I am trying to find $\mathbb{E}(\text{ln}(X))^2$ where $Y=\text{ln}(X)$ and $Y\sim N(0,\sigma^2)$. $$f_Y(y)=\frac{1}{\sigma\sqrt{2\pi}}e^{-\frac{y^2}{2\sigma^2}}$$

Squaring a normal r.v, I am expecting to arrive at a gamma distribution.

I let $$Z=Y^2=(\text{ln}(X))^2\Rightarrow Y=\sqrt{Z} \ \ \ \ \text{for} \ \ y>0$$ Hence $$f_Z(z)=f_Y(\sqrt{z})\Bigg|\frac{dy}{dz}\Bigg|$$ $$f_Z(z)=\frac{1}{\sigma\sqrt{2\pi}}e^{-\frac{z}{2\sigma^2}}\frac{1}{2\sqrt{z}}$$ $$f_Z(z)=\frac{1}{\sigma 2\sqrt{2} \ \Gamma(\frac{1}{2})}e^{-\frac{z}{2\sigma^2}}z^{-\frac{1}{2}}$$ Now, removing the 2 infront of the $\sqrt{2}$ term, this looks like $$Z\sim\text{Gamma}\Big(\frac{1}{2},2\sigma^2\Big)$$ Hence, $\mathbb{E}(Z)=\sigma^2$, which is exactly what I need to prove a result for the next part of this question.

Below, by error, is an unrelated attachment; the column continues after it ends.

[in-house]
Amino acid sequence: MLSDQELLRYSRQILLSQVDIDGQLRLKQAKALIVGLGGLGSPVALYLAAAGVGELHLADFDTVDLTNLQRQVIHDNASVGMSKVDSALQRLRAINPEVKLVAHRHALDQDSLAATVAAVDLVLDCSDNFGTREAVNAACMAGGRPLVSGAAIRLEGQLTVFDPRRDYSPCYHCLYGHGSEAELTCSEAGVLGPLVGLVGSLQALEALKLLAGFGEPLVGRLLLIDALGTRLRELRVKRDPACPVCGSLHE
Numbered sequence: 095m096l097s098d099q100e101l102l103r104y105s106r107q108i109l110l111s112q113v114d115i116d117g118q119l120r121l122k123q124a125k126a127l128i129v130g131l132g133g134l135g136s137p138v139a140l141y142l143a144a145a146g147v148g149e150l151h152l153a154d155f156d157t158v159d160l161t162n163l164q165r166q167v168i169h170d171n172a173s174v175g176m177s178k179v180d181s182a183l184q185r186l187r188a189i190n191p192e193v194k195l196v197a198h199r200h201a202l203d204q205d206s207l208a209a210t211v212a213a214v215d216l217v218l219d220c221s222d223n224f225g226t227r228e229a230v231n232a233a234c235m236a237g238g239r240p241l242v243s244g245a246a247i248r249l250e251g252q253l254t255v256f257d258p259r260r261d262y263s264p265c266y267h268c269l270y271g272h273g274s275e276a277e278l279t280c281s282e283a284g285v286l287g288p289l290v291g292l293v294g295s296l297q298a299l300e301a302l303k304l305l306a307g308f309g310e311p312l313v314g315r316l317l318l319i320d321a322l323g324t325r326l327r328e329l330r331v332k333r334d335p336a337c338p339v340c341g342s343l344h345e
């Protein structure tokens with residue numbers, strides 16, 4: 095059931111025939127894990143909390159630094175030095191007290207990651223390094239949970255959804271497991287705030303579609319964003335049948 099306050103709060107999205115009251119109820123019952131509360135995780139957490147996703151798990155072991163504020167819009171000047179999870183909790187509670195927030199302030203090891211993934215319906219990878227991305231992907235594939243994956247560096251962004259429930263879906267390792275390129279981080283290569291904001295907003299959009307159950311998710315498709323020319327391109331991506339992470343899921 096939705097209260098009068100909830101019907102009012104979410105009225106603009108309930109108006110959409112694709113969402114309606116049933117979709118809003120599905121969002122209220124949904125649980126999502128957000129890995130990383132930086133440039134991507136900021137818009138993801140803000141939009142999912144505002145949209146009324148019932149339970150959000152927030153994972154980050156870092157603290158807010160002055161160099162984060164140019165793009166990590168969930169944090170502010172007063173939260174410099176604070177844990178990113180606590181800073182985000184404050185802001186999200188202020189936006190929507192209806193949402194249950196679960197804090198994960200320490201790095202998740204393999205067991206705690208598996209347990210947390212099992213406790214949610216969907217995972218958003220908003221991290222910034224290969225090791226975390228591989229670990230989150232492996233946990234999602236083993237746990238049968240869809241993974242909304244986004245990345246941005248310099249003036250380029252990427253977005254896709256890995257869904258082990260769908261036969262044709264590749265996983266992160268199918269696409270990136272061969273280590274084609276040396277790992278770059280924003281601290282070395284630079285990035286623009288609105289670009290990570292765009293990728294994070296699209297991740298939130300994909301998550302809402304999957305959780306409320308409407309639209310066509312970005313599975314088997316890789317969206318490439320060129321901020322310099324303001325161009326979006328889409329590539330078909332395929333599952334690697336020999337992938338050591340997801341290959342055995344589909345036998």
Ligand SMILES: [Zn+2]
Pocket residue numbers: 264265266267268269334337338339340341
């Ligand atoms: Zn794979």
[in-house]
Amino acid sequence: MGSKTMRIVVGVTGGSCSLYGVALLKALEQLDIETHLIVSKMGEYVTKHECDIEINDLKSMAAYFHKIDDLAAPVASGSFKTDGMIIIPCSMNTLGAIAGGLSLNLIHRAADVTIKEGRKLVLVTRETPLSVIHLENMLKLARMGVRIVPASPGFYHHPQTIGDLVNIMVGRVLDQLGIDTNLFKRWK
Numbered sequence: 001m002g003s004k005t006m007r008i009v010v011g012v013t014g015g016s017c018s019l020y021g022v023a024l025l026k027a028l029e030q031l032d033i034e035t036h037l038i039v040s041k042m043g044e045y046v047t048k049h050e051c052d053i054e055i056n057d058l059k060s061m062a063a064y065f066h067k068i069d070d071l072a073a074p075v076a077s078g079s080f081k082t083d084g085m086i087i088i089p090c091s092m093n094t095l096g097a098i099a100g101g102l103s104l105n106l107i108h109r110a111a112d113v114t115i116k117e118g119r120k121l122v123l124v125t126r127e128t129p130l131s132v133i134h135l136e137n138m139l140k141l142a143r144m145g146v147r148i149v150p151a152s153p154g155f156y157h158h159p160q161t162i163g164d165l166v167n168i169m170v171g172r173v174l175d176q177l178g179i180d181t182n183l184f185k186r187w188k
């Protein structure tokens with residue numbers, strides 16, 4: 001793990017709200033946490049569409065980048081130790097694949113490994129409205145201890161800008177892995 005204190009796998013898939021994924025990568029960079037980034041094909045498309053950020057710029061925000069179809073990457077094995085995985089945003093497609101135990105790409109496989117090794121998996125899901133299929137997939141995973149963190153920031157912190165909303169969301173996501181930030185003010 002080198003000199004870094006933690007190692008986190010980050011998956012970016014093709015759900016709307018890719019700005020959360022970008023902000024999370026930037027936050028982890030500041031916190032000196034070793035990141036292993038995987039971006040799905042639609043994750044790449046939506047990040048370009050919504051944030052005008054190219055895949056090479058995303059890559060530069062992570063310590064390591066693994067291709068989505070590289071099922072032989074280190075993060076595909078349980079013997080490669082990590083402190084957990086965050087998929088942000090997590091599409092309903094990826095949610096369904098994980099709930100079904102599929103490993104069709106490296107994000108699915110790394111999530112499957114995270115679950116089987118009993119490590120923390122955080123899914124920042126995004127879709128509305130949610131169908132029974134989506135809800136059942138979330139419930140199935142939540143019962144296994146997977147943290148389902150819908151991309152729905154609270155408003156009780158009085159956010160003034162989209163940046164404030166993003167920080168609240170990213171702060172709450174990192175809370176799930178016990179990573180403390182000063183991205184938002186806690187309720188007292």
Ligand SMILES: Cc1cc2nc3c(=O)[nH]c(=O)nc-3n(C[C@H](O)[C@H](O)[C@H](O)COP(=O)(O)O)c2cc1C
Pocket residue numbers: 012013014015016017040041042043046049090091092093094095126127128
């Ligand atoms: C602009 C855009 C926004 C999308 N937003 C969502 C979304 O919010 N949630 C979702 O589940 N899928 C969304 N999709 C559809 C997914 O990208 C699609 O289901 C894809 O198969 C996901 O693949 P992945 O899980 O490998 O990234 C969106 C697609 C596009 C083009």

Have I made a mistake somewhere?

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    $\begingroup$ $\mathsf{E}Y^2=Var(Y)=\sigma^2$... $\endgroup$ – d.k.o. Jul 8 '18 at 2:09
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    $\begingroup$ You know the distribution for $Y$, $N(0,\sigma^2)$ so you can readily get $E(Y^2)=\sigma^2$.. $Y=ln(X)$ seems entirely irrelevant. $\endgroup$ – herb steinberg Jul 8 '18 at 2:15
  • $\begingroup$ You are correct, I did not consider this. Thank you! For completeness/general interest though, I would like to know how to find distribution of $Y^2$. $\endgroup$ – user557493 Jul 8 '18 at 2:20
  • $\begingroup$ If $Z \sim \mathsf{Norm}(0, 1),$ then $Z^2 \sim \mathsf{Chisq}(1),$ so $Y^2$ would have a multiple of a chi-squared distribution. $\endgroup$ – BruceET Jul 8 '18 at 2:24

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